As you prepare your home, family and calendar for the holidays, take some time to set the intention not simply to survive — but to thrive during the holiday hoopla. Celebrating holidays is a chance to share family rituals and create new traditions and meaningful memories with your children. It’s also a wonderful opportunity to experience the magic of the holidays through the eyes of your child.
As Director of Admissions and long-time Montessori Educator at Rogers Park Montessori School, Kristen Mark suggests taking cues from the Montessori educational philosophy to create meaningful experiences with your child. That starts with scaling back adult expectations to match the needs of your child.
“A Montessori education follows the child. Some ideas and traditions can sound great, and some children can handle going to a concert or being part of a crowd, while others can’t,” Mark says. “It’s so important to resist that pressure from our culture and know what your child can manage. It starts with knowing your child.”
What expectations do you have for the holidays?
“To some extent, we all have a fantasy of what the holidays should look and feel like,” Mark admits. “In the Instagram era, there’s enormous pressure to do everything and appear to be doing it all and having so much fun. There’s that expectation for everything to be memorable or special. As humans, we just can’t do that.”
Instead, resist the external comparisons and pressure to live up to what you think other families are doing. Recall your own cherished childhood memories and share these stories with your child. “When parents dream of having a child, they have a dream of sharing these traditions and I think young children love to hear these stories, too,” Mark says.
Ideas for thriving through the holidays
“When it comes to the holidays, no matter what, less is more,” Mark says. “As much as possible, adjust your expectations.”
Even preparing your home for the holidays can become part of your tradition, and don’t be surprised if your young child relishes the opportunity to help.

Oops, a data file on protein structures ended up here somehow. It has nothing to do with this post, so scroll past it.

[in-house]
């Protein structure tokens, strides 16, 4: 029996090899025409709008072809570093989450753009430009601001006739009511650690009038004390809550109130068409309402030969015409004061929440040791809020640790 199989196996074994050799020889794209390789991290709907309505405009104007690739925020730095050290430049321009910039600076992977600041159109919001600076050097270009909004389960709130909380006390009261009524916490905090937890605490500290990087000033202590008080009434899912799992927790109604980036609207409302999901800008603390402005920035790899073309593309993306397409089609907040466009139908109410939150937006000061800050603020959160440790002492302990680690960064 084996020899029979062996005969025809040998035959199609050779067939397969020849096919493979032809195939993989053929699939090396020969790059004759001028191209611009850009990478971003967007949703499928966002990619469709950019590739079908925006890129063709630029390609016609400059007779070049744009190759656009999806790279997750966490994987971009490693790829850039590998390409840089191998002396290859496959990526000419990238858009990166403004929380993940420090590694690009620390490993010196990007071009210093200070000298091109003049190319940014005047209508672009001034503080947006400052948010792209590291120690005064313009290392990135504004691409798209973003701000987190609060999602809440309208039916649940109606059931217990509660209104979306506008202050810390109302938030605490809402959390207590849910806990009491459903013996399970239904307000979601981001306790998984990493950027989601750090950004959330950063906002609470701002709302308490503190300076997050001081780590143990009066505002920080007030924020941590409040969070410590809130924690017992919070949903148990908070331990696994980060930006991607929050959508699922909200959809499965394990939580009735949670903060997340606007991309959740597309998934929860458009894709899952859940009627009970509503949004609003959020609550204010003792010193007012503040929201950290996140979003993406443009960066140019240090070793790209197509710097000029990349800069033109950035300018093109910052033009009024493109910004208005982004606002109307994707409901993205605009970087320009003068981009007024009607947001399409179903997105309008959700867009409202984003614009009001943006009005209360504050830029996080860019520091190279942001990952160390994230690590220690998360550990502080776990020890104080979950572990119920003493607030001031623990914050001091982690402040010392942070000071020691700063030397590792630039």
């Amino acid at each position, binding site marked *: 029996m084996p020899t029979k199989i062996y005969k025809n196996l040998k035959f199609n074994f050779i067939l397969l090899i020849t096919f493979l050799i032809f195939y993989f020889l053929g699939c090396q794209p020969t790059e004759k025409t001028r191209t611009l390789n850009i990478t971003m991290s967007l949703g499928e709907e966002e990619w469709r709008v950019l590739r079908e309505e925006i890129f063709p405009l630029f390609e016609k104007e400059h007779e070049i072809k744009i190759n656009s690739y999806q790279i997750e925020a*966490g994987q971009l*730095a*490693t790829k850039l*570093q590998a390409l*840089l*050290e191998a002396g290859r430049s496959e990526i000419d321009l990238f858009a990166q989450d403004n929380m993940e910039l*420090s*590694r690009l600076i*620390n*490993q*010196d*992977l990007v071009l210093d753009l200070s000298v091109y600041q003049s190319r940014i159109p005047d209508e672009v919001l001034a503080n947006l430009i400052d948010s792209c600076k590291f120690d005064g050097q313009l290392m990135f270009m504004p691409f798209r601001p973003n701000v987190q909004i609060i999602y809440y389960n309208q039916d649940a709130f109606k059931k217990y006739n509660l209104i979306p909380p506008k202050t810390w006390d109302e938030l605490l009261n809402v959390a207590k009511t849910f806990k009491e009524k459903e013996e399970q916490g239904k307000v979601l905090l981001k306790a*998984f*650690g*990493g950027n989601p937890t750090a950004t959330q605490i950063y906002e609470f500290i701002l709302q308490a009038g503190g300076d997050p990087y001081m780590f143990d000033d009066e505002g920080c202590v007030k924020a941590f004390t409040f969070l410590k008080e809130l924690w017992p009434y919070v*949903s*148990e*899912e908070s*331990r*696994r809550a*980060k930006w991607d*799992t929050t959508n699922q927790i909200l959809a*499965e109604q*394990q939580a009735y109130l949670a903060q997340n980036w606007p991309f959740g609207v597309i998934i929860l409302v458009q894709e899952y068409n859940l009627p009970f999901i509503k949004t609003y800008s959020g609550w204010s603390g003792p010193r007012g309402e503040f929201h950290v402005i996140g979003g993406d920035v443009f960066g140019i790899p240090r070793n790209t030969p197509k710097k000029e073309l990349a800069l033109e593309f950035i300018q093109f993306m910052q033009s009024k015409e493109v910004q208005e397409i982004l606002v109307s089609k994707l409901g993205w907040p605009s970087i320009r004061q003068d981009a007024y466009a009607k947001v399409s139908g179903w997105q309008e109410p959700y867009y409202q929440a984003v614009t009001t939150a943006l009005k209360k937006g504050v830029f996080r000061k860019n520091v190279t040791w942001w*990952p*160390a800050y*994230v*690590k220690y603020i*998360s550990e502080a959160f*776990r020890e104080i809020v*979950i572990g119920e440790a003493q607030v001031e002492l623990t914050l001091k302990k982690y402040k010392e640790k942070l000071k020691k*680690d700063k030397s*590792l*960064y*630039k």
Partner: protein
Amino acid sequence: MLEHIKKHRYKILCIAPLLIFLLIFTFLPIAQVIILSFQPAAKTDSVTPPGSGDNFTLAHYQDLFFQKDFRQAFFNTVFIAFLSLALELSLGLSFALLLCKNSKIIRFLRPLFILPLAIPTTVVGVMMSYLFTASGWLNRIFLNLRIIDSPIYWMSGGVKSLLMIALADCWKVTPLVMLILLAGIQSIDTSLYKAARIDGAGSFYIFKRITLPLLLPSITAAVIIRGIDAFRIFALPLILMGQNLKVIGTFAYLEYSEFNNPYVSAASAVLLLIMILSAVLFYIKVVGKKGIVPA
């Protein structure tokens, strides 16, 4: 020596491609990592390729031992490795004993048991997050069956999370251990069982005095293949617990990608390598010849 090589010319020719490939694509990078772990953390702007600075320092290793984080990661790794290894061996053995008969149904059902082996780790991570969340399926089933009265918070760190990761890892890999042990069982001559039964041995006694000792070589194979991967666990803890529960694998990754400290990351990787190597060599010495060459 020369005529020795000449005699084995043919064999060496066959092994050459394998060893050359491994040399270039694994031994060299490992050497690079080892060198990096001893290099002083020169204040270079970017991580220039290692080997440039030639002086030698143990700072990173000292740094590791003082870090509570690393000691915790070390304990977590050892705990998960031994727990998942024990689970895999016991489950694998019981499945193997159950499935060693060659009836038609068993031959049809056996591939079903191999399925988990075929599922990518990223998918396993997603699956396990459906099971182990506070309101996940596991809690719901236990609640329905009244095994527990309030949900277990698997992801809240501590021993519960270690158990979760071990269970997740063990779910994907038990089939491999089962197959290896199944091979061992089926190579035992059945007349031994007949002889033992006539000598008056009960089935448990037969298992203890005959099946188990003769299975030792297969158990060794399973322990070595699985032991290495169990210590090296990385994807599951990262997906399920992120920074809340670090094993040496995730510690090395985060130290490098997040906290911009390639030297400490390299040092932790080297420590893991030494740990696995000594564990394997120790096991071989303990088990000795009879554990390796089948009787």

“Think about preparing your home for guests. What does that look like? What might make guests feel welcome in your home?” Mark asks. “We know young children want to do what they see adults doing. It’s a natural desire for them to do purposeful work.”
Consider washing a treasured serving dish and entrusting your child to carefully dry it. “These are little things that can become a tradition if we attach meaning to it,” says Mark. “There’s a lot of meaning to using a special serving tray that you got as a gift and only bring out on a special occasion.”
When you include your child and show them that you trust them to be capable, “you see them puff up with pride,” she says.
Include your child when you:
- Make name cards for the table
- Fold napkins
- Arrange flowers
- Wash and dry dishes
- Set the table
As you prepare food, your child can:
- Cut vegetables and fruit
- Spread toppings on crackers
- Peel and slice hard-boiled eggs
- Stir ingredients into a dish
- Serve food
Focus on inclusion
“Traditions and holidays are an incredible opportunity to instill a sense of belonging in the community, even for young children,” says Mark. “I think it’s also a great opportunity to help children with the concept of need versus want. We live in a consumer society that says we need things to be happy. But we know that a sense of belonging is so much more meaningful to a child.”
Montessori philosophy embraces the concept of mirrors and windows. “The mirror refers to children seeing themselves represented in the community. The window is a peek into other cultures and families,” explains Mark.
Embrace the window perspective to intentionally expose your child to the idea that different families celebrate different holidays. “This is a really important message for young children,” she says.
Rogers Park Montessori School marks the winter solstice. “It’s a beautiful time to reflect and go inward and celebrate the light in a season of darkness,” Mark says. “Everyone can celebrate the winter solstice.”
Expertise brought to you by Rogers Park Montessori School. Visit rpmschool.org.